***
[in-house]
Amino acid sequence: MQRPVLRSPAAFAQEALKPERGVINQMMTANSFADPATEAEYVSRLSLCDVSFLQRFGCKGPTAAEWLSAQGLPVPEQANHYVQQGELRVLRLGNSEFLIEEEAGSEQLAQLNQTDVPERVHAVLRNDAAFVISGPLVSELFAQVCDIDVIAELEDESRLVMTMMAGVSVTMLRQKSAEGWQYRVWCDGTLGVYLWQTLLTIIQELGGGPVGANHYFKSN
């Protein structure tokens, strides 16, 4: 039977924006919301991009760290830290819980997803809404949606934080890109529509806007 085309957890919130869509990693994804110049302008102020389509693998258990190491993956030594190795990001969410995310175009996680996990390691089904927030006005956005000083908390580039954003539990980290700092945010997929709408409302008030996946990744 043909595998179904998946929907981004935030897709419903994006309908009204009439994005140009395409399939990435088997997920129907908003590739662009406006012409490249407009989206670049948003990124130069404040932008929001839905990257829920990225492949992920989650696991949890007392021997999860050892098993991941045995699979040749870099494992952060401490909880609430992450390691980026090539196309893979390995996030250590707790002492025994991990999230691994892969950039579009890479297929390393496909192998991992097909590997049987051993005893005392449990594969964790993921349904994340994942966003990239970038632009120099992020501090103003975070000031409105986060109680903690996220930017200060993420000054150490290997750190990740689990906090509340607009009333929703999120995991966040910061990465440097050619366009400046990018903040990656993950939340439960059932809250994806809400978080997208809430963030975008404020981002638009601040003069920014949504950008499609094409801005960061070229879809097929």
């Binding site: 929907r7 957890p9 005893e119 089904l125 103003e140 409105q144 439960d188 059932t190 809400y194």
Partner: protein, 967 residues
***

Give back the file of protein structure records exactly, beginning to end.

[in-house]
Amino acid sequence: MQRPVLRSPAAFAQEALKPERGVINQMMTANSFADPATEAEYVSRLSLCDVSFLQRFGCKGPTAAEWLSAQGLPVPEQANHYVQQGELRVLRLGNSEFLIEEEAGSEQLAQLNQTDVPERVHAVLRNDAAFVISGPLVSELFAQVCDIDVIAELEDESRLVMTMMAGVSVTMLRQKSAEGWQYRVWCDGTLGVYLWQTLLTIIQELGGGPVGANHYFKSN
């Protein structure tokens, strides 16, 4: 039977924006919301991009760290830290819980997803809404949606934080890109529509806007 085309957890919130869509990693994804110049302008102020389509693998258990190491993956030594190795990001969410995310175009996680996990390691089904927030006005956005000083908390580039954003539990980290700092945010997929709408409302008030996946990744 043909595998179904998946929907981004935030897709419903994006309908009204009439994005140009395409399939990435088997997920129907908003590739662009406006012409490249407009989206670049948003990124130069404040932008929001839905990257829920990225492949992920989650696991949890007392021997999860050892098993991941045995699979040749870099494992952060401490909880609430992450390691980026090539196309893979390995996030250590707790002492025994991990999230691994892969950039579009890479297929390393496909192998991992097909590997049987051993005893005392449990594969964790993921349904994340994942966003990239970038632009120099992020501090103003975070000031409105986060109680903690996220930017200060993420000054150490290997750190990740689990906090509340607009009333929703999120995991966040910061990465440097050619366009400046990018903040990656993950939340439960059932809250994806809400978080997208809430963030975008404020981002638009601040003069920014949504950008499609094409801005960061070229879809097929």
């Binding site: 929907r7 957890p9 005893e119 089904l125 103003e140 409105q144 439960d188 059932t190 809400y194």
Partner: protein, 967 residues